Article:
How can government use gaming or gaming mechanics to get citizens more involved to create a more robust democracy? What's happening already? What's in the works?
Reality is Broken. How the lessons of Jane McGonigal can aid government performance
July 17, 2011 at 4:04 pm #135757
First off, Reality is Broken should be required reading (at least for this group). At first, I was skeptical of . how powerful gaming is despite being a somewhat avid gamer myself. But her research and arguments convinced me that games are the "twenty-first century way of thinking and leading. . . way of working together to accomplish real change" (p. 13),
To me the most powerful arguments in her book center around the feedback systems built into good games. As she writes, the four defining traits of a game are: a goal, rules, a feedback system, and voluntary participation. It's the feedback system that makes games so compelling because of the idea of successful failure.
An example of successful failure is the video game, "Monkey Bowling." In this game, you bowl using transparent bowling balls that contains a monkey inside. A fascinating feature of the game is the over-the-top animated sequence when you miss the pins and the monkey-ball goes screaming off into deep space. This is an active failure in that your actions are directly related to what happened. It's the immediate feedback on your actions that compels players to redouble their efforts to try harder the next time.
Contrast that to the passive failure of real life where our efforts and failure seem to have no connection. You do your best but the project fails anyway. You have no idea why the project failed or at least how your efforts contributed to the failure so you learn nothing from the experience. After enough of these experiences, you essentially slip into a state of learned helplessness and just give up.
I believe the number one motivation problem in government is lack of good feedback. As a recent article in Wired magazine demonstrates, feedback is vital to changing our behavior. So, the first lessons that games can teach us in improving government performance is developing better and more immediate feedback loops for successful performance.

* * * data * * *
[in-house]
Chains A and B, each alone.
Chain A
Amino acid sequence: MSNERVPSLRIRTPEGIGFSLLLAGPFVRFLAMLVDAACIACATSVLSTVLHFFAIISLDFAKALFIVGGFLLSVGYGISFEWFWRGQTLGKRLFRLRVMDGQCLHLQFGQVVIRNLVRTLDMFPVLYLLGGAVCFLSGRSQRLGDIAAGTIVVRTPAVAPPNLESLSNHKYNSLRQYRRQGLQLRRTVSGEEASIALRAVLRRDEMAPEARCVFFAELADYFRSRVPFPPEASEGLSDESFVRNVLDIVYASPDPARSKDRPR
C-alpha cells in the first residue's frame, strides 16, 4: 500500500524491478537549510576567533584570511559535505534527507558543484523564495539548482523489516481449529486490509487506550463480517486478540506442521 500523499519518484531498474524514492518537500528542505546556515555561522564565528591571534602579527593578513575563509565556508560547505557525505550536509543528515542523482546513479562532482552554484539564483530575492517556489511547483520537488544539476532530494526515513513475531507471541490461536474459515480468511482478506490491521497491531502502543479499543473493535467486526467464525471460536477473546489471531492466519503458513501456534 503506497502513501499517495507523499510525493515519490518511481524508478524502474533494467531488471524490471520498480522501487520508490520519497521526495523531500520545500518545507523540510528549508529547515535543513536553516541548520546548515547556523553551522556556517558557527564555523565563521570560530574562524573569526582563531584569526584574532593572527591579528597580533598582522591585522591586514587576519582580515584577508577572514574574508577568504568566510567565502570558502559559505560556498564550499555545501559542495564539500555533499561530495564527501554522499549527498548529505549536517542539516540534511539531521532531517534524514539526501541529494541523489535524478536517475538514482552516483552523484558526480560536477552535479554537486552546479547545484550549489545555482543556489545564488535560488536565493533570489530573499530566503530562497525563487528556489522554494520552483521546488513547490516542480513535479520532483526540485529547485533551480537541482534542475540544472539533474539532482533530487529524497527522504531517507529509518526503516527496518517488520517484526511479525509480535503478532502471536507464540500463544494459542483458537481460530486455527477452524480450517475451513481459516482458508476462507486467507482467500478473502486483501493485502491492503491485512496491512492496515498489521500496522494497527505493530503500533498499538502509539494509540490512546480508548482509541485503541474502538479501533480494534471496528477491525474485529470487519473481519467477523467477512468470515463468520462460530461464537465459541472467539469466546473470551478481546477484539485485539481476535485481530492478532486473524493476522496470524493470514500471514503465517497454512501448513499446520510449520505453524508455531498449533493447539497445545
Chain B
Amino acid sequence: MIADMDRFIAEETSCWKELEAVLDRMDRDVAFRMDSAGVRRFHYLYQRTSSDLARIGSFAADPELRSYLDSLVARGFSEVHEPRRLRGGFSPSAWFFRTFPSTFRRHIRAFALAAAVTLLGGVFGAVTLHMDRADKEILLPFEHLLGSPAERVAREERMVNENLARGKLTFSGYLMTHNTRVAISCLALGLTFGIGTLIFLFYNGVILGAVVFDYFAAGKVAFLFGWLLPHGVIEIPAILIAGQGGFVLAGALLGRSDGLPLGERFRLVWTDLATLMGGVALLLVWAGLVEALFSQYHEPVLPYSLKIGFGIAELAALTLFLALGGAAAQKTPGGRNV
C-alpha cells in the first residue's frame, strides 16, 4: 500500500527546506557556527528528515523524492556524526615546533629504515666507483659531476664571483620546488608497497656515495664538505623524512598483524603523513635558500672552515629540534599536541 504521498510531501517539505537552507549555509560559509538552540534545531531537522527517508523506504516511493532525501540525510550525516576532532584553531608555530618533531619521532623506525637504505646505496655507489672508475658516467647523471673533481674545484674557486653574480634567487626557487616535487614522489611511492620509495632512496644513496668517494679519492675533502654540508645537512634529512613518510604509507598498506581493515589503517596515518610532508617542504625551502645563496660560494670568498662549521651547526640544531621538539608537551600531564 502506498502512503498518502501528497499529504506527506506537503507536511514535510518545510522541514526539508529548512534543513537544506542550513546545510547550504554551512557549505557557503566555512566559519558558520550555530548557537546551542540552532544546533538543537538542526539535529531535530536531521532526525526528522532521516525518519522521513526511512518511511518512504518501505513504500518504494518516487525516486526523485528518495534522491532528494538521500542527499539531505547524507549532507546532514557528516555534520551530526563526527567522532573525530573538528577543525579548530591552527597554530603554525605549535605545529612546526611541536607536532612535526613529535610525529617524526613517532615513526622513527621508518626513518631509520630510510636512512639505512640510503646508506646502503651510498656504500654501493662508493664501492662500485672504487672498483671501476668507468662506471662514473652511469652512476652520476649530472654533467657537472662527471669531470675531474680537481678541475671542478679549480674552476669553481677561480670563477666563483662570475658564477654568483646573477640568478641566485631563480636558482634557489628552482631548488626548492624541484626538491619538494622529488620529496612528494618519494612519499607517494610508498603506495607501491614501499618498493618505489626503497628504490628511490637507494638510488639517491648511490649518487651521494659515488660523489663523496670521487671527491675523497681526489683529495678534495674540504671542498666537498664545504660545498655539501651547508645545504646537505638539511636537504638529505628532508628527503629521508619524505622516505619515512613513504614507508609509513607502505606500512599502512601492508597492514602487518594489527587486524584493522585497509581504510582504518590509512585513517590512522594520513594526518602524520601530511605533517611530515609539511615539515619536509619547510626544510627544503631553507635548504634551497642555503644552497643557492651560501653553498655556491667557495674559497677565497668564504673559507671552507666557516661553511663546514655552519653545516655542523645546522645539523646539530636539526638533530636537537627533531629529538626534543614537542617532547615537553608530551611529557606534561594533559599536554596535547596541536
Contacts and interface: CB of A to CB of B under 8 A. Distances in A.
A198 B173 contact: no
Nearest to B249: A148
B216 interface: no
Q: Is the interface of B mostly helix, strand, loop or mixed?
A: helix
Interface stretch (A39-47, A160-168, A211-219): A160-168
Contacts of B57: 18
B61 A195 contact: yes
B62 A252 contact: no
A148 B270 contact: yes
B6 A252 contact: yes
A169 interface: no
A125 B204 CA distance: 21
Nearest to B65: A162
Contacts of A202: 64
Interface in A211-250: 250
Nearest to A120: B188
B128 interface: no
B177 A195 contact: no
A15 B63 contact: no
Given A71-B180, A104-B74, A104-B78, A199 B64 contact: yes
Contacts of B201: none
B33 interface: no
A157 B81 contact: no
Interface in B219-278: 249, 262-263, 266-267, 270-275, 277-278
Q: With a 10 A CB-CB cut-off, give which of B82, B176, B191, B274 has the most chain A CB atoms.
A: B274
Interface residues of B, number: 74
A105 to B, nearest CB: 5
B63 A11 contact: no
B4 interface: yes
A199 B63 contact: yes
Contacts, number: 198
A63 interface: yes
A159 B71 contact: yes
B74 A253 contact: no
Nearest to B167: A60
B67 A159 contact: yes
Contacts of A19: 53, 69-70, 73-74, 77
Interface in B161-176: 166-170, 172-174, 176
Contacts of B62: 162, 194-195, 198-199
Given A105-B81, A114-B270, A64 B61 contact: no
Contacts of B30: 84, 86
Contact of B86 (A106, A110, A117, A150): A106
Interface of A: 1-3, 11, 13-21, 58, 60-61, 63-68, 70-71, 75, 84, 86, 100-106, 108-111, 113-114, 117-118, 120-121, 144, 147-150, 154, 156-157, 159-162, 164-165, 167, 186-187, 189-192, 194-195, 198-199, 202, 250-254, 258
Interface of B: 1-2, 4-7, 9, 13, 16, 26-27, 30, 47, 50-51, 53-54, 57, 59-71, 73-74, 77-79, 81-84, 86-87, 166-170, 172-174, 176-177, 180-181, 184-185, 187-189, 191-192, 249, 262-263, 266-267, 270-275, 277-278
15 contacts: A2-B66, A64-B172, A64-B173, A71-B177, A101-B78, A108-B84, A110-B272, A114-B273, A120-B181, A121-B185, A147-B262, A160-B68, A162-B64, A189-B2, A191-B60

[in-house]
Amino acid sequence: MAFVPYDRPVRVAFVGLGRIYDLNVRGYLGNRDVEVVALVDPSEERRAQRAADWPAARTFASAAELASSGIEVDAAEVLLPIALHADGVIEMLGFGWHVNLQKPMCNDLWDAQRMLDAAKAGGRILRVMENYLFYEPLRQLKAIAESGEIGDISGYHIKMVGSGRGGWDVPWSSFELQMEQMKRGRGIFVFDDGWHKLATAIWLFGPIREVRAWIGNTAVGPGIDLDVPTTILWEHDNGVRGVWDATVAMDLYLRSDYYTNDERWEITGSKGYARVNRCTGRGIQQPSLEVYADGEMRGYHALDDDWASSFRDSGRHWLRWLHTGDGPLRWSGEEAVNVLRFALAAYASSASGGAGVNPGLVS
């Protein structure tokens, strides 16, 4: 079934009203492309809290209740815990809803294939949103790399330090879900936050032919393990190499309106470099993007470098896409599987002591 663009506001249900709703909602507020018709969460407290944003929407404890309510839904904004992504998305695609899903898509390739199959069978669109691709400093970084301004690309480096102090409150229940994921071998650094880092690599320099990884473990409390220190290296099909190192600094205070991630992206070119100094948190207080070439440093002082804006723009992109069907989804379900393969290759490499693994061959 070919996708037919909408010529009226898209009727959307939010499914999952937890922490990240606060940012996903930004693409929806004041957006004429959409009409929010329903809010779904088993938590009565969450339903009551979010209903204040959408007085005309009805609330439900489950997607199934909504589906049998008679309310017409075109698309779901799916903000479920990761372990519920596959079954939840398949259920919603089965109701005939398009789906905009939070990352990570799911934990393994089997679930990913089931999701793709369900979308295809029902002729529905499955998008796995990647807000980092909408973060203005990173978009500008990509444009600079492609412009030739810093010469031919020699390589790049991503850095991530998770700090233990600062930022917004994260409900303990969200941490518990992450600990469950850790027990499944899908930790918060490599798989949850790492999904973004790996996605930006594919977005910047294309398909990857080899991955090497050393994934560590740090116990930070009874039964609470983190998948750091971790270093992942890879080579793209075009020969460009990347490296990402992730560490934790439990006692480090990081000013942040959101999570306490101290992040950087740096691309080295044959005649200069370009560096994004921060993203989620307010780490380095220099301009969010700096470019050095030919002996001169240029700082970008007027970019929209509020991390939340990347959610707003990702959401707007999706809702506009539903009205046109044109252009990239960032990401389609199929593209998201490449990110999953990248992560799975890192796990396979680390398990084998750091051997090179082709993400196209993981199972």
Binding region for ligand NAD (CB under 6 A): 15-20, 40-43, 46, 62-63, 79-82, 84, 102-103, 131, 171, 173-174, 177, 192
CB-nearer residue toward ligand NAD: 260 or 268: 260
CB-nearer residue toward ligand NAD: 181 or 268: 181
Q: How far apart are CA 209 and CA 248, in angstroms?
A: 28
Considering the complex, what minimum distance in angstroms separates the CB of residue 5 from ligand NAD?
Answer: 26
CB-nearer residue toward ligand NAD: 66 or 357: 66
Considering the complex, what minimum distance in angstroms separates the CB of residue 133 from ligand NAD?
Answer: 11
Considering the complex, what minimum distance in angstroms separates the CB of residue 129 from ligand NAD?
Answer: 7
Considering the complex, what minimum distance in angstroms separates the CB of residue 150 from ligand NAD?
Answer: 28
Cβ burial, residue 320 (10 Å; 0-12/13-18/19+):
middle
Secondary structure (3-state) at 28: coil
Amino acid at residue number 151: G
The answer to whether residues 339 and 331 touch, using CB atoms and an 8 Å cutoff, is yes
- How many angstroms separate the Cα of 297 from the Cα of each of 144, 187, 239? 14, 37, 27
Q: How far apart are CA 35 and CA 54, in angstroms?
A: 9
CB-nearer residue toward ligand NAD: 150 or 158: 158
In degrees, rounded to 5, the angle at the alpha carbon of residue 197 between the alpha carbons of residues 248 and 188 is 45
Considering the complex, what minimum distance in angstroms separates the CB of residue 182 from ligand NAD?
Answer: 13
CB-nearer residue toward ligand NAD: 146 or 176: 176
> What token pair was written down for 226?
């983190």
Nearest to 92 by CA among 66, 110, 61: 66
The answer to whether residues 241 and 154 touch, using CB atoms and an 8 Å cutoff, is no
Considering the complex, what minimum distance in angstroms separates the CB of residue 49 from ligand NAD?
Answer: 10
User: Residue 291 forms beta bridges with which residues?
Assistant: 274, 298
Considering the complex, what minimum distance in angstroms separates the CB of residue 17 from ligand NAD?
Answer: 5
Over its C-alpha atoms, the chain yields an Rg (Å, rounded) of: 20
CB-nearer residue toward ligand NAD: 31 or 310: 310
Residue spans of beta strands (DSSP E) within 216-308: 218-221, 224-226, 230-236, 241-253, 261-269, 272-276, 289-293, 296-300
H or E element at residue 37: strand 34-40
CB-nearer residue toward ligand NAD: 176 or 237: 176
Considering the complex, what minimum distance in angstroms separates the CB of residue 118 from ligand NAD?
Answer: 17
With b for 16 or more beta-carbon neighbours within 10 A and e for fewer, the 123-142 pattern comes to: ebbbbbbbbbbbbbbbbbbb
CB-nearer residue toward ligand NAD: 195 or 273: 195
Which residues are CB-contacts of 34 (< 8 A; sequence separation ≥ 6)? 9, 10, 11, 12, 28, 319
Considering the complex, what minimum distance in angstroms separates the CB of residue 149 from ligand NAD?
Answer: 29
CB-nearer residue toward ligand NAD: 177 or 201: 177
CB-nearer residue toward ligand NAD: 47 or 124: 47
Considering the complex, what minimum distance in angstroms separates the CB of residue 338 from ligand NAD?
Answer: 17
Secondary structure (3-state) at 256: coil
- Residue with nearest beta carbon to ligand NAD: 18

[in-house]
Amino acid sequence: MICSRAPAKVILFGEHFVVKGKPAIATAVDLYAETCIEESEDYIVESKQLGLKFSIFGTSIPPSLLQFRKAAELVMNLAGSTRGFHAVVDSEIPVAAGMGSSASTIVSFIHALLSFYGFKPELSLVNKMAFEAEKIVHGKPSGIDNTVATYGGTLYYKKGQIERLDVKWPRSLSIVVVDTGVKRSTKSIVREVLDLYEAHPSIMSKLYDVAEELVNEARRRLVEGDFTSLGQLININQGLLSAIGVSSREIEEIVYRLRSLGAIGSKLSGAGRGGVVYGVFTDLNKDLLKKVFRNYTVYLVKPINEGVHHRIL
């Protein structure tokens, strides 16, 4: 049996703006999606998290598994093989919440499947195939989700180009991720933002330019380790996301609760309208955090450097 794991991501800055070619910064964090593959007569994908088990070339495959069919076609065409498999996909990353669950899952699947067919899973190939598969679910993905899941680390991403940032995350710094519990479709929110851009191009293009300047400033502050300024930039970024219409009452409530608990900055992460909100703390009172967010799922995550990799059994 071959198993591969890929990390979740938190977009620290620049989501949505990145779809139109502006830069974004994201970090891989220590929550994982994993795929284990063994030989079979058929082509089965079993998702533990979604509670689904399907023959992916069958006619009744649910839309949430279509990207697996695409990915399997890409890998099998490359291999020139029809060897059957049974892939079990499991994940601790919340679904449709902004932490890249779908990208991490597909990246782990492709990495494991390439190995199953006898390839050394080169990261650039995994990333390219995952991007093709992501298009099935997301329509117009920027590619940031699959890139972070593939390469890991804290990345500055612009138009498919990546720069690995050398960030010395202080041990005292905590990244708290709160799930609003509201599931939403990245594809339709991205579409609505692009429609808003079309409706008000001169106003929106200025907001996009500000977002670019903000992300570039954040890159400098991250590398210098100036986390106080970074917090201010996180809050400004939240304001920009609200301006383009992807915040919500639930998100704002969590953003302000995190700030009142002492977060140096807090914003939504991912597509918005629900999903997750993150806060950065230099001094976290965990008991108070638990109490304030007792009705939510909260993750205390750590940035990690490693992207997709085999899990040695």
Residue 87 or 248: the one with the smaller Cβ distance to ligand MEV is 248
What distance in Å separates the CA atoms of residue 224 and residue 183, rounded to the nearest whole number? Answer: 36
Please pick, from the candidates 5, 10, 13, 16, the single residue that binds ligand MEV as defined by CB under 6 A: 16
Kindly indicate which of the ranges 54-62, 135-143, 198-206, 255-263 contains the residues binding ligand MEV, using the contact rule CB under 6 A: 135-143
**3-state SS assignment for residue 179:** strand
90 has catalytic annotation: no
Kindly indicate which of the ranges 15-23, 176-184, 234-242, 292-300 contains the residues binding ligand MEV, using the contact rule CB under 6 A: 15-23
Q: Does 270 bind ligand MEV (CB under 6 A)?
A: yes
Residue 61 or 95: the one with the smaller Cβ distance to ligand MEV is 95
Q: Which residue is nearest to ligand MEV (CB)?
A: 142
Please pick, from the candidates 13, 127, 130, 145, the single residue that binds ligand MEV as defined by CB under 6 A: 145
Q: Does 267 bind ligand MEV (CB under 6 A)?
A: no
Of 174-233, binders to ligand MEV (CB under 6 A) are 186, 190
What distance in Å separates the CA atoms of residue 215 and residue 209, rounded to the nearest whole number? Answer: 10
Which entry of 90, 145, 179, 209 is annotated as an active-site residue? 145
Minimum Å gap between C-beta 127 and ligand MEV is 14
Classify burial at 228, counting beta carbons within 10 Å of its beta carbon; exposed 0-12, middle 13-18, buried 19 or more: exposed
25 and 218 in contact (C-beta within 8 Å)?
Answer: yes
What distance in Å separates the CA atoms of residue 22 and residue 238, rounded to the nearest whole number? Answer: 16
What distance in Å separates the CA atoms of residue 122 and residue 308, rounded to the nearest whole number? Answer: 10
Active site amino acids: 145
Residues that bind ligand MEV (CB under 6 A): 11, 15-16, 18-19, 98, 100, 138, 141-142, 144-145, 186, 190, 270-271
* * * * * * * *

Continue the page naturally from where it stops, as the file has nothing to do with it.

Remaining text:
July 17, 2011 at 7:08 pm #135767
Good post. I couldn't agree with this book more. I was wondering if I was the only one that read it!
July 18, 2011 at 2:37 pm #135765
The fundamental problem in government (civil service) and society (financial meltdown), is that bad behaviour is not punished. Good (or non-) behavior is already rewarded with unsustainable pensions and lifetime employment. Fix those fundamental feedback loops and governments will start to perform better.
The use of gaming, crowd-sourcing and modeling in government can help governments get better...but we have to be careful what we wish/game for...
July 18, 2011 at 4:36 pm #135763
Just be careful not to make gaming an obsession -- 🙂
July 18, 2011 at 4:54 pm #135761
Mary Welch HigginsParticipant
I just finished the book over the weekend and enjoyed it. It absolutely "leveled up" my thinking about games and their potential for helping to solve real world problems. I'm recommending it to others and also did a blog about it yesterday where I listed some of the examples of games in the book. The Fold It project was just one of the amazing projects that illustrated the book.
July 25, 2011 at 2:19 pm #135759
I have been thinking about this very topic for months myself. I was sucked into the computer gaming world about 5 years ago and see the addictive side as well as the ways in which games motivate and drive people. Especially with the younger generations I see gaming as a possible methodology for work changes in the future. The main thing missing in real world government jobs are goals and leaderboards for which people can compare themselves. It may take a while to get to the mainstram but the ideas presented by this book and this topic are very relevant.
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